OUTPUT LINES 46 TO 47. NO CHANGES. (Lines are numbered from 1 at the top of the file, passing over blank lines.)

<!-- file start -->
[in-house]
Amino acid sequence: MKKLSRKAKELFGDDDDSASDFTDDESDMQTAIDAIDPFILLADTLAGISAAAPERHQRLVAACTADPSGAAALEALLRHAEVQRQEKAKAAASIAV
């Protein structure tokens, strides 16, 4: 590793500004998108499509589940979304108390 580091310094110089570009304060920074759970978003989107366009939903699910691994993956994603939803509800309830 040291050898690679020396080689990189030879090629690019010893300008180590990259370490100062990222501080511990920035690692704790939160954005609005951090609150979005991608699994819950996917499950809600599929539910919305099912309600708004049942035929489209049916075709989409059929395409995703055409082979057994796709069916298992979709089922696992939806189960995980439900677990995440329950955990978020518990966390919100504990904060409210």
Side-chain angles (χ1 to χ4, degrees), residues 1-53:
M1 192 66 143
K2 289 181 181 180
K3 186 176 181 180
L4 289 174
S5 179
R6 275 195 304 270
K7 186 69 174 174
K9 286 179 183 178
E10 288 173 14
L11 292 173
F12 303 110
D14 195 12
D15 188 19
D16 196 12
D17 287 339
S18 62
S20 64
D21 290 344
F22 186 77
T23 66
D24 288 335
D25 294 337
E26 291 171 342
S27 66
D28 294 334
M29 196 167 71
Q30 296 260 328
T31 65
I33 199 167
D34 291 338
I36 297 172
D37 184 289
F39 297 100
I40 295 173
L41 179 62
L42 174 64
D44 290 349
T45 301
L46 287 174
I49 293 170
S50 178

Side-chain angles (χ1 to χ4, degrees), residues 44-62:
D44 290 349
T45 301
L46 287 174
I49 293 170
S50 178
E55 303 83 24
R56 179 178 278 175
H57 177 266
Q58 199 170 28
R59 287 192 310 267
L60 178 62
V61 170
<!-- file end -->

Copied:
Side-chain angles (χ1 to χ4, degrees), residues 44-62:
D44 290 349